Hunger Games gives a boost to Maple Ridge Archery Club

The Hunger Games movies are turning young people on to a new, old sport.

Essic Dhesi

The Hunger Games movies are turning young people on to a new, old sport.

Archery is enjoying an upswing across North America, and the Maple Ridge club has seen a surge in numbers.

In the gym at the Maple Ridge Leisure Centre on archery night, one whole side of the gym is lined with people drawing bows, the other with targets.

Some arrows go straight to the heart of the bullseyes, and some hit the Kevlar curtain behind the targets.

The club now has 77 members, which is about double the total in recent years, and there’s a waiting list for more to join.

The club recently offered an introduction to archery shooting. That made accommodation for 20 people, but 47 signed up.

“We had mostly adults. Now we have about half adults and half kids,” said coach Laura Curwen. “The Hunger Games and Brave – those movies have really increased our numbers.

Catching Fire, the second movie in the Hunger Games trilogy, opened in Canadian theatres on Friday.

“It renews the interest, and it’s a great family sport,” Curwen added.

Junior archers start indoors in October, and by the time the outdoor season begins in the fall, they are ready for the challenges of longer distances, wind and rain.

Nine years old is the youngest they will take an archer.

There is some club equipment for people to try the sport, but eventually club members get their own bow, arrows and accessories. It can range from $400 to $1,000, but Curwen notes that a lot of the gear will last a lifetime.

There are many types from simple longbows to recurves and compound bows that have pulleys top and bottom, and long rods out the front as stabilizers.

Some members are hunters, some are recreational shooters, and others are competitors.

From the latter group, Mariessa Pinto is hoping to qualify for the 2015 Canada Winter Games. She’s 15, and a year ago got serious about competitive archery.

Pinto enjoys the intense focus of the sport – those Zen moments where she will put everything out of her mind except for the shot.

And what has her hooked is those perfect shots – like when a baseball player smacks a ball on the sweet spot of the bat, or a golfer drives a shot that jumps off the club and soars.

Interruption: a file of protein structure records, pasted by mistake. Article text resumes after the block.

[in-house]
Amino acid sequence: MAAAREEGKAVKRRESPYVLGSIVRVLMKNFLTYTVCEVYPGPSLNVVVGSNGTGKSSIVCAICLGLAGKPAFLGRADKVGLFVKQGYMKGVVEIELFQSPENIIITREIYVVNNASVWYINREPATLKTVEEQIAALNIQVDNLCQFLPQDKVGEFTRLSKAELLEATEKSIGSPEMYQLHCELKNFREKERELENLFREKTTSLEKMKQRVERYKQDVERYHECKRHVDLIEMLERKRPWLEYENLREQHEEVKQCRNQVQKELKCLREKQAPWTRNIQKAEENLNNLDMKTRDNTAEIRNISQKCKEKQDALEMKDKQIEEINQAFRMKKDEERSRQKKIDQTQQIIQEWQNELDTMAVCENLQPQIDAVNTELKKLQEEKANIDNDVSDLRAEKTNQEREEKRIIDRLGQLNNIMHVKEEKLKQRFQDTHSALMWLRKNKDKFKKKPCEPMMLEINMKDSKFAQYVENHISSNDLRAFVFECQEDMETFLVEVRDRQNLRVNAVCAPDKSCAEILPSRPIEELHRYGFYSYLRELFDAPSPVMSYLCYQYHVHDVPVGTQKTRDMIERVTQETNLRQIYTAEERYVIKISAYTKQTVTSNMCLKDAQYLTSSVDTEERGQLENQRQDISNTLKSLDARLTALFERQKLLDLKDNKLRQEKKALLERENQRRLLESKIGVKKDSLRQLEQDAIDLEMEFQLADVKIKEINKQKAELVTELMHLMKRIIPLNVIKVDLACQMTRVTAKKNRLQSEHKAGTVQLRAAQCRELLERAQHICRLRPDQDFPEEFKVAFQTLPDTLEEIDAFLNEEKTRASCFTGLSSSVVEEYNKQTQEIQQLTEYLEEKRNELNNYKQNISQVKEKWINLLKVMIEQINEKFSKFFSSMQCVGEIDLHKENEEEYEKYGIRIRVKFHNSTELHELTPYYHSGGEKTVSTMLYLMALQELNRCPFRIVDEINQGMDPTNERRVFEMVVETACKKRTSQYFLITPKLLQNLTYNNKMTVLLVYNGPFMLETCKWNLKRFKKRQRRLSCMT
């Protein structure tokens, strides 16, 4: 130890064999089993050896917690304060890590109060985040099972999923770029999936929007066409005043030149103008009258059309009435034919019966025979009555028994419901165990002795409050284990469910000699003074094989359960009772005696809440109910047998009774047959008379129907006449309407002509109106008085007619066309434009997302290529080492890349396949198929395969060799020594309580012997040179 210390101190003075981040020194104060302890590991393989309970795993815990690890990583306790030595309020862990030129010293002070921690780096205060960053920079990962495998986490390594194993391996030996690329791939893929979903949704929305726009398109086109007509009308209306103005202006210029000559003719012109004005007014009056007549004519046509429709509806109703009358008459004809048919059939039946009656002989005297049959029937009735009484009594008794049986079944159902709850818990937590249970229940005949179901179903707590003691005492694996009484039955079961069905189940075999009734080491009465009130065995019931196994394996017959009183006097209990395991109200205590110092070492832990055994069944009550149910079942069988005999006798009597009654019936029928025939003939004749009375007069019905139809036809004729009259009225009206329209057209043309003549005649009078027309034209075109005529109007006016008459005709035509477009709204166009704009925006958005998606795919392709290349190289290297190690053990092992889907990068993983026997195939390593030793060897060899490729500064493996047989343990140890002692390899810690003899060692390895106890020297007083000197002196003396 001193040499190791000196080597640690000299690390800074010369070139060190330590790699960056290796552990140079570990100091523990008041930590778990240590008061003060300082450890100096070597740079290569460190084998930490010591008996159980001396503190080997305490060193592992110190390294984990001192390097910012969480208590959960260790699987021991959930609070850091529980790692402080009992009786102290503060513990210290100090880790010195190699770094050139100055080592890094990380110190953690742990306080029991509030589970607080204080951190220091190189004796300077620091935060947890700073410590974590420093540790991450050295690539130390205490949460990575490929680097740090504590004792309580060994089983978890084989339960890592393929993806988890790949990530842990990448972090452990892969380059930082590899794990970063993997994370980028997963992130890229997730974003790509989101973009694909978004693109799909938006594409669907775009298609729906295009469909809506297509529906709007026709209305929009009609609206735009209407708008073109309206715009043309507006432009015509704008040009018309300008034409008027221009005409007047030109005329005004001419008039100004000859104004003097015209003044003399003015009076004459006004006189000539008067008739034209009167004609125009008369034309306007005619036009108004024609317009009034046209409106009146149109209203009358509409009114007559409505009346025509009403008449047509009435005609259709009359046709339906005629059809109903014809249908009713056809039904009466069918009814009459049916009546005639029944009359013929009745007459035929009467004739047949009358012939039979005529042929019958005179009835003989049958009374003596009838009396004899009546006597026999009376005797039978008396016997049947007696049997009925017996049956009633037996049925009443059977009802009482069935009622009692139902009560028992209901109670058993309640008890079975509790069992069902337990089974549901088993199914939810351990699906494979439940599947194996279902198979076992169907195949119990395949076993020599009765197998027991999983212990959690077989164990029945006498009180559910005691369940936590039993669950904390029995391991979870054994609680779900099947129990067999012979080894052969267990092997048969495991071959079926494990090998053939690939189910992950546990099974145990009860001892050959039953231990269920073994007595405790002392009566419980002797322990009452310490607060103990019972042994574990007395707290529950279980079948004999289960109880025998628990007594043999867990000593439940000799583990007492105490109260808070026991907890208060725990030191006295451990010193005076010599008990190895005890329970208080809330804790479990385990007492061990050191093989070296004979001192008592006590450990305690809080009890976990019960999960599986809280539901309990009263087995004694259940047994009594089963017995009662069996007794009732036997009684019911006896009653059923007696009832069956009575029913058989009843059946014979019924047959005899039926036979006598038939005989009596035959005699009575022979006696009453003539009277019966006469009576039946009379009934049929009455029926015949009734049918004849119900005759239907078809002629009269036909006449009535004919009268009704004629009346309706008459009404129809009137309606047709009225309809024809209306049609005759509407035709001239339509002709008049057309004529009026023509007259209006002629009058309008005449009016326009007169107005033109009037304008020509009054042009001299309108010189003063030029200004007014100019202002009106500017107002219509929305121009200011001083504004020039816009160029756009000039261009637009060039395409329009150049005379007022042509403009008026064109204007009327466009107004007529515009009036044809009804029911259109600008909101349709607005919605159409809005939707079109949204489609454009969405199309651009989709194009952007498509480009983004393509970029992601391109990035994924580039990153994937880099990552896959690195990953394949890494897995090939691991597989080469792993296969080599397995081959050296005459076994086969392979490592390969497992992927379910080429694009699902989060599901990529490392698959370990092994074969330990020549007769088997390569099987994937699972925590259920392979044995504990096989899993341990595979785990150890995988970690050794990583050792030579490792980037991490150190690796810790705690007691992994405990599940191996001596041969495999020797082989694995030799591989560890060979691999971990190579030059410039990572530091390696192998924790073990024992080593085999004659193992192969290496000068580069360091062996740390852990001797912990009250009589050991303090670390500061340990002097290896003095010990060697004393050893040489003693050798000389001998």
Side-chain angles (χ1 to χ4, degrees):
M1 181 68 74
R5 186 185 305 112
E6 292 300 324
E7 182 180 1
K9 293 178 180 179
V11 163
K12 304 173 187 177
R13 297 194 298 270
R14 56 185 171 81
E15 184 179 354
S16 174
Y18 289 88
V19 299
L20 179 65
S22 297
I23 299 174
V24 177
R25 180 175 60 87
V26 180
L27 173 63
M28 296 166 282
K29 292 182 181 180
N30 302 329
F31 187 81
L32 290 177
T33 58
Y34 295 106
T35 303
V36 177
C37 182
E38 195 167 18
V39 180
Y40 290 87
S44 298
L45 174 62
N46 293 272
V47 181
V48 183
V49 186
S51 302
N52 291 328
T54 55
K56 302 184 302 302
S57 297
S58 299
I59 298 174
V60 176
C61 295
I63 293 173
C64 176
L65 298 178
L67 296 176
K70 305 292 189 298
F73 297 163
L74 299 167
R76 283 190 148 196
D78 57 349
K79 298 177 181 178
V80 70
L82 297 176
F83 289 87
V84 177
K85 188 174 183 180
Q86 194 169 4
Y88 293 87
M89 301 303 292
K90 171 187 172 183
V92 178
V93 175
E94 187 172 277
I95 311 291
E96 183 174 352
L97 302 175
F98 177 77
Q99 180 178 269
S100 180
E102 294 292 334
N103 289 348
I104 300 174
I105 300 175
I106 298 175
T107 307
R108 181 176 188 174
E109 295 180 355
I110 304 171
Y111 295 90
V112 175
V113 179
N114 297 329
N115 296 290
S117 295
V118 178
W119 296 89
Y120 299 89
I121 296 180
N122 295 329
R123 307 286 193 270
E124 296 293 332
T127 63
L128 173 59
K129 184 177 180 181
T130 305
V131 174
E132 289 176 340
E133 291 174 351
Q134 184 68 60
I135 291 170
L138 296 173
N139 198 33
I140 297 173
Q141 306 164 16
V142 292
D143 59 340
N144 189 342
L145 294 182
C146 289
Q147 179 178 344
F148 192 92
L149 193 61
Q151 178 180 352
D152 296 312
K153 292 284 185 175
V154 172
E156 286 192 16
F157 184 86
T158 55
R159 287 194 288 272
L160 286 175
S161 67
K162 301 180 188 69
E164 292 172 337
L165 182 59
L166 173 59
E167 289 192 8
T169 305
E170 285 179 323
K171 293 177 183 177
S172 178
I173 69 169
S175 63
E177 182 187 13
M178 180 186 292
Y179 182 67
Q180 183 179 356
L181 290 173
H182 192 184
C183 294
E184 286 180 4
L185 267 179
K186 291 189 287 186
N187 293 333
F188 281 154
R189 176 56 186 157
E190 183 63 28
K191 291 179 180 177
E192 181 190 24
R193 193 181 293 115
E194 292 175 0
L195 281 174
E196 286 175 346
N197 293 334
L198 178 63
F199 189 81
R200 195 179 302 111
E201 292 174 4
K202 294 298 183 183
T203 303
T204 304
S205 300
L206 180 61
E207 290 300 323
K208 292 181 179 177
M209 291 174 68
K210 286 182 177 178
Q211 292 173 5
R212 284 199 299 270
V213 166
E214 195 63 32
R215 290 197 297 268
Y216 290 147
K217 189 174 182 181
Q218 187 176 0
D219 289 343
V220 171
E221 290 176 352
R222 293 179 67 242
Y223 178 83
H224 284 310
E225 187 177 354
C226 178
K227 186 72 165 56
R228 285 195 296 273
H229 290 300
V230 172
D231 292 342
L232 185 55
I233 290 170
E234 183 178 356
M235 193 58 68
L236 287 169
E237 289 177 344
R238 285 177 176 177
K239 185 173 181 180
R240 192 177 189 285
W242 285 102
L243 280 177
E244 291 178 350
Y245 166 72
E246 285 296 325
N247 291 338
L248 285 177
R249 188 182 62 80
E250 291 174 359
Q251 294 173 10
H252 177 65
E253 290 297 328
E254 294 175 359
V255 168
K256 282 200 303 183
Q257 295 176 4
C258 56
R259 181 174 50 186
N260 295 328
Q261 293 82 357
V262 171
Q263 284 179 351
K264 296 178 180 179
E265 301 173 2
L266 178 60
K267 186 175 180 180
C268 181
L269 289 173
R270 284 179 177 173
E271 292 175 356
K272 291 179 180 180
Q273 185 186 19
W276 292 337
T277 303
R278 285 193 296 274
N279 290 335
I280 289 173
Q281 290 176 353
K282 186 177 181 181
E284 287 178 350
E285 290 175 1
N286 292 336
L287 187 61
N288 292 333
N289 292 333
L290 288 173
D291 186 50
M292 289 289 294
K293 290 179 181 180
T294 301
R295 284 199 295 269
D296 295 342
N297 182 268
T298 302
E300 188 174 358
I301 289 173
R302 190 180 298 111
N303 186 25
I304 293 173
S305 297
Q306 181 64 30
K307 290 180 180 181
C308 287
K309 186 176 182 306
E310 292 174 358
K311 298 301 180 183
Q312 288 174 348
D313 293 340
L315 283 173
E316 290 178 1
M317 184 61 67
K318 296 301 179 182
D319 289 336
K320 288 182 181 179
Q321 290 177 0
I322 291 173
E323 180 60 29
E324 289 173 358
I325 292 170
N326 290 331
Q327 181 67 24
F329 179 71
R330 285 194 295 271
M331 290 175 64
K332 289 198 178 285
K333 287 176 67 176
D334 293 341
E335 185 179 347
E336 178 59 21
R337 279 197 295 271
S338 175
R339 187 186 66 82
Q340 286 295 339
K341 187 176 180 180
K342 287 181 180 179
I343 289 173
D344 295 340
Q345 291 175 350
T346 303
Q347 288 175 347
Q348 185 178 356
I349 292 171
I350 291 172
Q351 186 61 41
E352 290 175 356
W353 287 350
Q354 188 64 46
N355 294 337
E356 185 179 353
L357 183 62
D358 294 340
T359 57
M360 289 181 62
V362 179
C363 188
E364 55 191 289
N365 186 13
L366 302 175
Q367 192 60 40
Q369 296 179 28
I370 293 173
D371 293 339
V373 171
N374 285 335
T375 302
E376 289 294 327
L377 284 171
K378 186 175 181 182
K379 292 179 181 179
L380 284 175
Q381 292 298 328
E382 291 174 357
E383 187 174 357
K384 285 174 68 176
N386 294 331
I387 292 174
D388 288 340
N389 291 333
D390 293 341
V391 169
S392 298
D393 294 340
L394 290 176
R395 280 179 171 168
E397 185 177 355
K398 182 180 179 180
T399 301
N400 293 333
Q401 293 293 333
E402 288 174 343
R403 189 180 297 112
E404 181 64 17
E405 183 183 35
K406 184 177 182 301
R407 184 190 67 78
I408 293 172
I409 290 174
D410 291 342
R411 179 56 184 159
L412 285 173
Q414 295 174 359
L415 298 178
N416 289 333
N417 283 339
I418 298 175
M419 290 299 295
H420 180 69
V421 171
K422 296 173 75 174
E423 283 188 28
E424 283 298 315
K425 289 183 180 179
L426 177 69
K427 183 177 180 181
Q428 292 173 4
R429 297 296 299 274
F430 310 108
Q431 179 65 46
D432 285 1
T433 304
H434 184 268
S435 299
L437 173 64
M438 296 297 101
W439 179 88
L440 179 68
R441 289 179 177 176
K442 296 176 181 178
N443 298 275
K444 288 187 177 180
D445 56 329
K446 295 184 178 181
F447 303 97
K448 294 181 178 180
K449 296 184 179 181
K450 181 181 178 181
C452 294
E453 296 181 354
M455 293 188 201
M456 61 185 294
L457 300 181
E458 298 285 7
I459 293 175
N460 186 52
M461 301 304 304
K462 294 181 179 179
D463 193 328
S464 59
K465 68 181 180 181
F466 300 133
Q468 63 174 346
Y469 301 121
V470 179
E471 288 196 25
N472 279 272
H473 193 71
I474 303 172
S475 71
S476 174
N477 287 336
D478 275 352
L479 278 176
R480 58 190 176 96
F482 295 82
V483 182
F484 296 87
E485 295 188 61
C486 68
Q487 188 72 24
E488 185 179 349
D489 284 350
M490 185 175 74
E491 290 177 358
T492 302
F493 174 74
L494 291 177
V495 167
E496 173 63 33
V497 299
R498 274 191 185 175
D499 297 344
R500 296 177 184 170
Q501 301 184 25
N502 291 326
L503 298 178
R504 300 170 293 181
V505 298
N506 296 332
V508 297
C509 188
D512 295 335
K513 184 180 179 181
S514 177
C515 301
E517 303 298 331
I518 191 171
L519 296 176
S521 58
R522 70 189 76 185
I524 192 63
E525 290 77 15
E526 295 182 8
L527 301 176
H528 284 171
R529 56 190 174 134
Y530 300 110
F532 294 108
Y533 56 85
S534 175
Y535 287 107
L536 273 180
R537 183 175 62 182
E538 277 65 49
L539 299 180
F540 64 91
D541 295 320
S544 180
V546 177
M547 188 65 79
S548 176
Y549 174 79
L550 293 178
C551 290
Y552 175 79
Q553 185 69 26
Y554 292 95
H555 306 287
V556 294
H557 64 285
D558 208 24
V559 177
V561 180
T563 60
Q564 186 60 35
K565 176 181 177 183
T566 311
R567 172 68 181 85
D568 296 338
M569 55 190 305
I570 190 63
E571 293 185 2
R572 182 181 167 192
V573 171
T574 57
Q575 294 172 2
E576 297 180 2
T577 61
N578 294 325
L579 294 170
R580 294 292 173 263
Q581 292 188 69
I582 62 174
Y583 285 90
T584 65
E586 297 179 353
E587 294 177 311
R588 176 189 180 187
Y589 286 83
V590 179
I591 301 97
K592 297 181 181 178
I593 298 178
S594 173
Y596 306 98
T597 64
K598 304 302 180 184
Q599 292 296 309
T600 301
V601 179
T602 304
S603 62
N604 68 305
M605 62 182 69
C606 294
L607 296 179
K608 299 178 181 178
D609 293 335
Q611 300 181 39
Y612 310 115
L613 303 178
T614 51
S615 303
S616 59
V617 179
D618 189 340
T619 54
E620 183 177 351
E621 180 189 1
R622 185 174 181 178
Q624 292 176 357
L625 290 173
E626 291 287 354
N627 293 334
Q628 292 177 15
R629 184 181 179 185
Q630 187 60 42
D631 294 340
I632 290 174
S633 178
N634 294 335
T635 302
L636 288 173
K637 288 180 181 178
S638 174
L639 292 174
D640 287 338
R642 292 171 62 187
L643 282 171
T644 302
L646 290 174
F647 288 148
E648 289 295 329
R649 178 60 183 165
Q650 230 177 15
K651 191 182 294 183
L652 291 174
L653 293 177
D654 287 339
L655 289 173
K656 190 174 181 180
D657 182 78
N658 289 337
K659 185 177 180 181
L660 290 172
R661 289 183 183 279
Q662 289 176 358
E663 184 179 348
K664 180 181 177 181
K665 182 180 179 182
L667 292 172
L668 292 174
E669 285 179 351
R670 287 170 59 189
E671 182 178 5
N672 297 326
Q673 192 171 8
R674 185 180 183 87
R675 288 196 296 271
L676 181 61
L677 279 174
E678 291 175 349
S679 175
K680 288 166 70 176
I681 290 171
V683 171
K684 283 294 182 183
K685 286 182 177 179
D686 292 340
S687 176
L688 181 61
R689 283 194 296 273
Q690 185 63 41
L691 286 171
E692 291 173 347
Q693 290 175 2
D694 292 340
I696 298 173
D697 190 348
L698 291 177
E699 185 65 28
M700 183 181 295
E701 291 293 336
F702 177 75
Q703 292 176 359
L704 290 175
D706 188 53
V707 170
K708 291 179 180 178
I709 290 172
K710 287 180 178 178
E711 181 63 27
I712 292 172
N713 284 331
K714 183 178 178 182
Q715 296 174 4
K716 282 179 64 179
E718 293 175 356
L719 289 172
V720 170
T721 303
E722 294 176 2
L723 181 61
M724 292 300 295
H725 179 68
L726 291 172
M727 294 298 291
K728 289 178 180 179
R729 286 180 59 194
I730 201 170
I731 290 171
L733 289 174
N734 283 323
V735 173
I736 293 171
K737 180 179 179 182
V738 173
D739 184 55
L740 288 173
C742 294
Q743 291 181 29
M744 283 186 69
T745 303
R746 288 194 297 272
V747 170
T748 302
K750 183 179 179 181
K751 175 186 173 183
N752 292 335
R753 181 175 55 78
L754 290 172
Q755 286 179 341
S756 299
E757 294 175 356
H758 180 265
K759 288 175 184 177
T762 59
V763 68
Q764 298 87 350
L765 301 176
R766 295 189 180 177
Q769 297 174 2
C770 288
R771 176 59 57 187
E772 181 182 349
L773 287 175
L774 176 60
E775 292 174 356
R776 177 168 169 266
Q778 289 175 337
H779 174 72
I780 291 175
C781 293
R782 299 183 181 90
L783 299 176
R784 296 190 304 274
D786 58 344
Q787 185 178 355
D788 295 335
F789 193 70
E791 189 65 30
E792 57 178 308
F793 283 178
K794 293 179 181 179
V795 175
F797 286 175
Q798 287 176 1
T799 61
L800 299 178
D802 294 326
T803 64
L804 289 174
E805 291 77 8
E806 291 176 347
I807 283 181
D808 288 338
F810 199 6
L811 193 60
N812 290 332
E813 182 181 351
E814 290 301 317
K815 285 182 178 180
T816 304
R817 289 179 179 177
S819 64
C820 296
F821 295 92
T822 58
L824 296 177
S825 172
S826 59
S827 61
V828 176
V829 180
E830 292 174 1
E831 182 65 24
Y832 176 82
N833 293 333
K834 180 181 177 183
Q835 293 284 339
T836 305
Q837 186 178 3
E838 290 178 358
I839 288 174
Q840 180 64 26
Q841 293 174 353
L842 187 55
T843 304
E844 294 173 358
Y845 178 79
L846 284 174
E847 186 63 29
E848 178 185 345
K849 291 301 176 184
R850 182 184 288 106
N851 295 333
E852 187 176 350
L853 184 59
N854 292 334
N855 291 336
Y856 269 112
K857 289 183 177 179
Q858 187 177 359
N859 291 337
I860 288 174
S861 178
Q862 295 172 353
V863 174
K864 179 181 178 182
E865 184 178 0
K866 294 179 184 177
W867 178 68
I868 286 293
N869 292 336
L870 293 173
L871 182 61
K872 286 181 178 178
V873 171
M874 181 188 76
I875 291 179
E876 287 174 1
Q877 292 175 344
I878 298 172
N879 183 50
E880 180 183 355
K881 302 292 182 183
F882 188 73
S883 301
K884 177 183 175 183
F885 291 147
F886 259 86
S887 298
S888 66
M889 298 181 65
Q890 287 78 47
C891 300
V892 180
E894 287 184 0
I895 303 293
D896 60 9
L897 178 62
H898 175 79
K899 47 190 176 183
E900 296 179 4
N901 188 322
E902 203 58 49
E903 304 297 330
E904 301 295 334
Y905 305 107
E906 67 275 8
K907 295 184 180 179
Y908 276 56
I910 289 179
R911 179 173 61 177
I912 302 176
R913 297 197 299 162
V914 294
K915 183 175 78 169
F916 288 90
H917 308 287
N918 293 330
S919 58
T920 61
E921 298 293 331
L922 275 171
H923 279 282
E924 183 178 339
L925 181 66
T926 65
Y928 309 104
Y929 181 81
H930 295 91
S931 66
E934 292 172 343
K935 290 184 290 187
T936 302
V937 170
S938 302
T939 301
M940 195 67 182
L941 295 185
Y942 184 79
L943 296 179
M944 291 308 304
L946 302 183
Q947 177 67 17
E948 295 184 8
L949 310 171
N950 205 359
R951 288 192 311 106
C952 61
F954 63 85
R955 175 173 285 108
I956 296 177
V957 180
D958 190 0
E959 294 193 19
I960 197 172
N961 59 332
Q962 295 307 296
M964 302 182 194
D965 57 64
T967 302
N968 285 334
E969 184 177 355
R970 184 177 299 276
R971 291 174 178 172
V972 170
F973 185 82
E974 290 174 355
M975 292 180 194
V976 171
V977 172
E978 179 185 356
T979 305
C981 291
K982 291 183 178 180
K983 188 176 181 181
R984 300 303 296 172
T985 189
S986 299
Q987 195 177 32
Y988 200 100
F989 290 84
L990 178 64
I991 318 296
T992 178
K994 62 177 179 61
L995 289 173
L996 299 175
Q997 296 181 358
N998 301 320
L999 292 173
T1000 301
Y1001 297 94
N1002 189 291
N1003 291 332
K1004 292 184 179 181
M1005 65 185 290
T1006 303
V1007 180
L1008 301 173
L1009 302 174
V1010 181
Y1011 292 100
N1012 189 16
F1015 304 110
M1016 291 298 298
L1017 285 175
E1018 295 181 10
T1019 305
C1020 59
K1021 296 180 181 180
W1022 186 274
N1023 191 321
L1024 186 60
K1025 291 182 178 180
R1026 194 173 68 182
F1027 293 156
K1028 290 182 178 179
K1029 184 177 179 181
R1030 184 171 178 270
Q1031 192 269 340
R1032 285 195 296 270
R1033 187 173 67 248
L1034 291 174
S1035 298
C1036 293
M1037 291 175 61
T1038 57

“For me, my good shot is motivation, and you feel it as soon as you let it go,” she said. “I want every shot to be like that. And the more I feel it, I feel like I’m getting somewhere.

“It’s nice seeing your arrows in the gold all the time, too.”

She shoots two or three nights a week, and does a 10-week conditioning program to get in shape for archery.

“It gets hard. A lot of people give up,” she said.

Pinto likes that her sport is suddenly ‘cool.’ When she enters an event, there is always lots of competition.

“The movies have had a huge impact,” she said.

And she gets it: “I’ve been a Hunger Games fan since the first book came out.”

The Maple Ridge Club has a history dating back to 1955, and a member, the late Marge Saunders, helped to develop the Junior Olympian Program that is used today. With it, archers aim to reach rising scoring goals, and advance to the next level. They get a score for each ring they hit on a target, and the perfect score is 300 – which is 30 arrows into a small ring, just slightly larger than a loonie.

Murray Peacock is one of the club’s best shooters. Inspired by a brother who would make his own bows for hunting, he joined the club in 1981. His best result was a second-place finish at the Championship of the Americas in 2008, where he competed against world record holders.

“You have to work at it – there’s no such thing as a natural,” he said.

“There’s no instant gratification like with a video game. Striving for perfection – that’s what it is.”

He said a good archer is calm, focussed and dedicated. Strength is also necessary. Shooting 60 arrows in practice is a good arm workout.

Archery clubs from Toronto to Calgary are also reporting big jumps in membership.

“We have seen an increase in memberships country-wide,” said Scott Ogilvie, the executive director of Archery Canada, but added the exact impact is not yet known. His is a comparatively small sports organization, with approximately 7,500 members, and he said clubs struggle to get everyone who wants to shoot in front of a target.

“It’s challenging to keep up with the demand in archery,” he said.

“It’s a good thing for archery in Canada, and down the road it bodes well for national championships, and how Canada performs at the international level.”

In the U.S., archery’s membership has doubled in two years. Denis Parker, the CEO of USA Archery, and a three-time Olympian, sees it as a positive.

“But what is so amazing with Hunger Games is that you have this character, Katniss, who is confident and beautiful, and the way she uses the bow is an extension of that. That is what really resonates and makes people want to try this,” she said in an interview earlier this year.

It’s not the first time movie fans have been inspired to take up a sport. The Harry Potter books and movies resulted in the formation of the International Quidditch Association.

Lacking flying brooms, however, maybe some of the players around the world are taking up the bow.

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